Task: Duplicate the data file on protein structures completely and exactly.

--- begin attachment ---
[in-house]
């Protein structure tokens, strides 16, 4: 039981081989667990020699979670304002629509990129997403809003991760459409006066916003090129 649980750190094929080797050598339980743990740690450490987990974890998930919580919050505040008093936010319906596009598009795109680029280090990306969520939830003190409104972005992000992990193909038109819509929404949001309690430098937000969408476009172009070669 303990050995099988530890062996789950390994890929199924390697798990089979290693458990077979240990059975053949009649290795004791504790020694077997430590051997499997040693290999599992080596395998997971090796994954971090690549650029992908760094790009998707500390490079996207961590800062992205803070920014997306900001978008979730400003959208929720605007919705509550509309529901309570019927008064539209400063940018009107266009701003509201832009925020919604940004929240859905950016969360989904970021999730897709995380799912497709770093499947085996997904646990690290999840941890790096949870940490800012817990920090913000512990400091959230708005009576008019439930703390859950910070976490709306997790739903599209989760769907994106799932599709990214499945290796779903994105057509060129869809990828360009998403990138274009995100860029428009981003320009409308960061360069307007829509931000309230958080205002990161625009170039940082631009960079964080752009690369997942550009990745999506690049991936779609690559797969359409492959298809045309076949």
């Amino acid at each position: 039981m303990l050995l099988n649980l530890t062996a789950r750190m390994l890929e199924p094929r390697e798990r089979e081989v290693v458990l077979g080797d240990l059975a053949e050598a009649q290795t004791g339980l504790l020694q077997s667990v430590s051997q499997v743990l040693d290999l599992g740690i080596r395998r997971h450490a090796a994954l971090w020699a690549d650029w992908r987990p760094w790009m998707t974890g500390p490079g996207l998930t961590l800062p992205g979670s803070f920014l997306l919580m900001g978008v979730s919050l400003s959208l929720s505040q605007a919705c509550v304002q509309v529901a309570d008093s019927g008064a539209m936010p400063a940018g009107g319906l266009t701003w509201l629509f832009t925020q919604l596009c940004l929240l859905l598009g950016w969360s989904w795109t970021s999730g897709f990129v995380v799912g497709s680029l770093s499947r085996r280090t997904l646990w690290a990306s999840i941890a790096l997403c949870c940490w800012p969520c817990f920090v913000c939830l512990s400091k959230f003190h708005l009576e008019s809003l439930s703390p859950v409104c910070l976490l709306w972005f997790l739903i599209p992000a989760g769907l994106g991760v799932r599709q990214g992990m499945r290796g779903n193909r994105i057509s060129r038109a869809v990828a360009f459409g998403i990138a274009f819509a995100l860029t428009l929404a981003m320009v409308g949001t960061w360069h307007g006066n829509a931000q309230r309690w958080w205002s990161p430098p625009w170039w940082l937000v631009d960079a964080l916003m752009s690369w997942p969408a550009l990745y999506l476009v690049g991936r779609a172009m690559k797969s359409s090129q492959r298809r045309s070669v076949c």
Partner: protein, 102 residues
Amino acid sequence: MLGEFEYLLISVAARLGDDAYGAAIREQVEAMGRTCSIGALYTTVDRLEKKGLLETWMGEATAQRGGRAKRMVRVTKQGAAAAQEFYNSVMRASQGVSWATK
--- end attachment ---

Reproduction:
[in-house]
């Protein structure tokens, strides 16, 4: 039981081989667990020699979670304002629509990129997403809003991760459409006066916003090129 649980750190094929080797050598339980743990740690450490987990974890998930919580919050505040008093936010319906596009598009795109680029280090990306969520939830003190409104972005992000992990193909038109819509929404949001309690430098937000969408476009172009070669 303990050995099988530890062996789950390994890929199924390697798990089979290693458990077979240990059975053949009649290795004791504790020694077997430590051997499997040693290999599992080596395998997971090796994954971090690549650029992908760094790009998707500390490079996207961590800062992205803070920014997306900001978008979730400003959208929720605007919705509550509309529901309570019927008064539209400063940018009107266009701003509201832009925020919604940004929240859905950016969360989904970021999730897709995380799912497709770093499947085996997904646990690290999840941890790096949870940490800012817990920090913000512990400091959230708005009576008019439930703390859950910070976490709306997790739903599209989760769907994106799932599709990214499945290796779903994105057509060129869809990828360009998403990138274009995100860029428009981003320009409308960061360069307007829509931000309230958080205002990161625009170039940082631009960079964080752009690369997942550009990745999506690049991936779609690559797969359409492959298809045309076949």
């Amino acid at each position: 039981m303990l050995l099988n649980l530890t062996a789950r750190m390994l890929e199924p094929r390697e798990r089979e081989v290693v458990l077979g080797d240990l059975a053949e050598a009649q290795t004791g339980l504790l020694q077997s667990v430590s051997q499997v743990l040693d290999l599992g740690i080596r395998r997971h450490a090796a994954l971090w020699a690549d650029w992908r987990p760094w790009m998707t974890g500390p490079g996207l998930t961590l800062p992205g979670s803070f920014l997306l919580m900001g978008v979730s919050l400003s959208l929720s505040q605007a919705c509550v304002q509309v529901a309570d008093s019927g008064a539209m936010p400063a940018g009107g319906l266009t701003w509201l629509f832009t925020q919604l596009c940004l929240l859905l598009g950016w969360s989904w795109t970021s999730g897709f990129v995380v799912g497709s680029l770093s499947r085996r280090t997904l646990w690290a990306s999840i941890a790096l997403c949870c940490w800012p969520c817990f920090v913000c939830l512990s400091k959230f003190h708005l009576e008019s809003l439930s703390p859950v409104c910070l976490l709306w972005f997790l739903i599209p992000a989760g769907l994106g991760v799932r599709q990214g992990m499945r290796g779903n193909r994105i057509s060129r038109a869809v990828a360009f459409g998403i990138a274009f819509a995100l860029t428009l929404a981003m320009v409308g949001t960061w360069h307007g006066n829509a931000q309230r309690w958080w205002s990161p430098p625009w170039w940082l937000v631009d960079a964080l916003m752009s690369w997942p969408a550009l990745y999506l476009v690049g991936r779609a172009m690559k797969s359409s090129q492959r298809r045309s070669v076949c």
Partner: protein, 102 residues
Amino acid sequence: MLGEFEYLLISVAARLGDDAYGAAIREQVEAMGRTCSIGALYTTVDRLEKKGLLETWMGEATAQRGGRAKRMVRVTKQGAAAAQEFYNSVMRASQGVSWATK